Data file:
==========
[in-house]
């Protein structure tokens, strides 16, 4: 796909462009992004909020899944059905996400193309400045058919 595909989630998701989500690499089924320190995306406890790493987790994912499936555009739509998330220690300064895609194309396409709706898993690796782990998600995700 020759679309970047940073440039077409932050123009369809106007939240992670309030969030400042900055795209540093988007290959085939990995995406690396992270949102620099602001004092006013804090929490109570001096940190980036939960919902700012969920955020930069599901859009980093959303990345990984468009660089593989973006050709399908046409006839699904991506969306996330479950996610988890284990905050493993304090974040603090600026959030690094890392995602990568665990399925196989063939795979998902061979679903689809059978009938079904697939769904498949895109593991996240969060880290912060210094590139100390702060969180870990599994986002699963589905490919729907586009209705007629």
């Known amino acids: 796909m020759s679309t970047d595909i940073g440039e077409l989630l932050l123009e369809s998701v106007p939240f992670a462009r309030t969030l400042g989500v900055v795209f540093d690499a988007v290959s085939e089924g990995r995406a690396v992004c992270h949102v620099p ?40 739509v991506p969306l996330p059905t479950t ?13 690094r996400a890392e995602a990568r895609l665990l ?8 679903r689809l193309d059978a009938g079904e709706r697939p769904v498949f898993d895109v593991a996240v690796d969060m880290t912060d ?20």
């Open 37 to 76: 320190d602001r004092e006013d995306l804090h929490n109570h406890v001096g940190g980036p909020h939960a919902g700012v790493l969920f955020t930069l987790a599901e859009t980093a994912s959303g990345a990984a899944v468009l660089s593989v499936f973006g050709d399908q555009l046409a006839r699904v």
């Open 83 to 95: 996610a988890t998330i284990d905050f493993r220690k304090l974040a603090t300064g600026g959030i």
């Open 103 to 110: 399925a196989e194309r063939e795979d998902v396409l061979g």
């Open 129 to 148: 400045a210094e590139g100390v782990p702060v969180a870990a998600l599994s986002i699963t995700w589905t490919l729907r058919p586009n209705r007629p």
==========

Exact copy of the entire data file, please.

[in-house]
């Protein structure tokens, strides 16, 4: 796909462009992004909020899944059905996400193309400045058919 595909989630998701989500690499089924320190995306406890790493987790994912499936555009739509998330220690300064895609194309396409709706898993690796782990998600995700 020759679309970047940073440039077409932050123009369809106007939240992670309030969030400042900055795209540093988007290959085939990995995406690396992270949102620099602001004092006013804090929490109570001096940190980036939960919902700012969920955020930069599901859009980093959303990345990984468009660089593989973006050709399908046409006839699904991506969306996330479950996610988890284990905050493993304090974040603090600026959030690094890392995602990568665990399925196989063939795979998902061979679903689809059978009938079904697939769904498949895109593991996240969060880290912060210094590139100390702060969180870990599994986002699963589905490919729907586009209705007629």
């Known amino acids: 796909m020759s679309t970047d595909i940073g440039e077409l989630l932050l123009e369809s998701v106007p939240f992670a462009r309030t969030l400042g989500v900055v795209f540093d690499a988007v290959s085939e089924g990995r995406a690396v992004c992270h949102v620099p ?40 739509v991506p969306l996330p059905t479950t ?13 690094r996400a890392e995602a990568r895609l665990l ?8 679903r689809l193309d059978a009938g079904e709706r697939p769904v498949f898993d895109v593991a996240v690796d969060m880290t912060d ?20």
């Open 37 to 76: 320190d602001r004092e006013d995306l804090h929490n109570h406890v001096g940190g980036p909020h939960a919902g700012v790493l969920f955020t930069l987790a599901e859009t980093a994912s959303g990345a990984a899944v468009l660089s593989v499936f973006g050709d399908q555009l046409a006839r699904v």
């Open 83 to 95: 996610a988890t998330i284990d905050f493993r220690k304090l974040a603090t300064g600026g959030i």
């Open 103 to 110: 399925a196989e194309r063939e795979d998902v396409l061979g």
């Open 129 to 148: 400045a210094e590139g100390v782990p702060v969180a870990a998600l599994s986002i699963t995700w589905t490919l729907r058919p586009n209705r007629p």